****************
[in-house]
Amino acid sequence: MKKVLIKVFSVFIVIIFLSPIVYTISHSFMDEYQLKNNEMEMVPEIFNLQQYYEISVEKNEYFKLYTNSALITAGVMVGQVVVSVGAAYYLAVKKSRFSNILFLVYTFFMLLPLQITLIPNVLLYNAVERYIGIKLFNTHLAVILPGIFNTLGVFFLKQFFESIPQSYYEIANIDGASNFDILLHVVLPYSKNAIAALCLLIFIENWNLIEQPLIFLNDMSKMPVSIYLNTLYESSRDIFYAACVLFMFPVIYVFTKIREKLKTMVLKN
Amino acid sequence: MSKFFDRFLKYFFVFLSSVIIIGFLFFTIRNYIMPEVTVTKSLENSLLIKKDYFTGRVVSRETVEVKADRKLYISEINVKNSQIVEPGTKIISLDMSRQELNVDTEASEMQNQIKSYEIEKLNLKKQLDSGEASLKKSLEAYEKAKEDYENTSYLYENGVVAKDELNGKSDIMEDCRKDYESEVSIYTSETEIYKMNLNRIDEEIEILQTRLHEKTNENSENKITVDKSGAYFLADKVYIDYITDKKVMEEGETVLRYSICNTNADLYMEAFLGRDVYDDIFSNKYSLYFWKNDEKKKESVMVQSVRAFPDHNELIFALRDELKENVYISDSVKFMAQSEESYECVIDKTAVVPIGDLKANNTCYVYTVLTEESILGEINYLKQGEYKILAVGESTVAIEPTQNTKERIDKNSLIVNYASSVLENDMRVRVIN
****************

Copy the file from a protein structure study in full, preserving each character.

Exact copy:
[in-house]
Amino acid sequence: MKKVLIKVFSVFIVIIFLSPIVYTISHSFMDEYQLKNNEMEMVPEIFNLQQYYEISVEKNEYFKLYTNSALITAGVMVGQVVVSVGAAYYLAVKKSRFSNILFLVYTFFMLLPLQITLIPNVLLYNAVERYIGIKLFNTHLAVILPGIFNTLGVFFLKQFFESIPQSYYEIANIDGASNFDILLHVVLPYSKNAIAALCLLIFIENWNLIEQPLIFLNDMSKMPVSIYLNTLYESSRDIFYAACVLFMFPVIYVFTKIREKLKTMVLKN
Amino acid sequence: MSKFFDRFLKYFFVFLSSVIIIGFLFFTIRNYIMPEVTVTKSLENSLLIKKDYFTGRVVSRETVEVKADRKLYISEINVKNSQIVEPGTKIISLDMSRQELNVDTEASEMQNQIKSYEIEKLNLKKQLDSGEASLKKSLEAYEKAKEDYENTSYLYENGVVAKDELNGKSDIMEDCRKDYESEVSIYTSETEIYKMNLNRIDEEIEILQTRLHEKTNENSENKITVDKSGAYFLADKVYIDYITDKKVMEEGETVLRYSICNTNADLYMEAFLGRDVYDDIFSNKYSLYFWKNDEKKKESVMVQSVRAFPDHNELIFALRDELKENVYISDSVKFMAQSEESYECVIDKTAVVPIGDLKANNTCYVYTVLTEESILGEINYLKQGEYKILAVGESTVAIEPTQNTKERIDKNSLIVNYASSVLENDMRVRVIN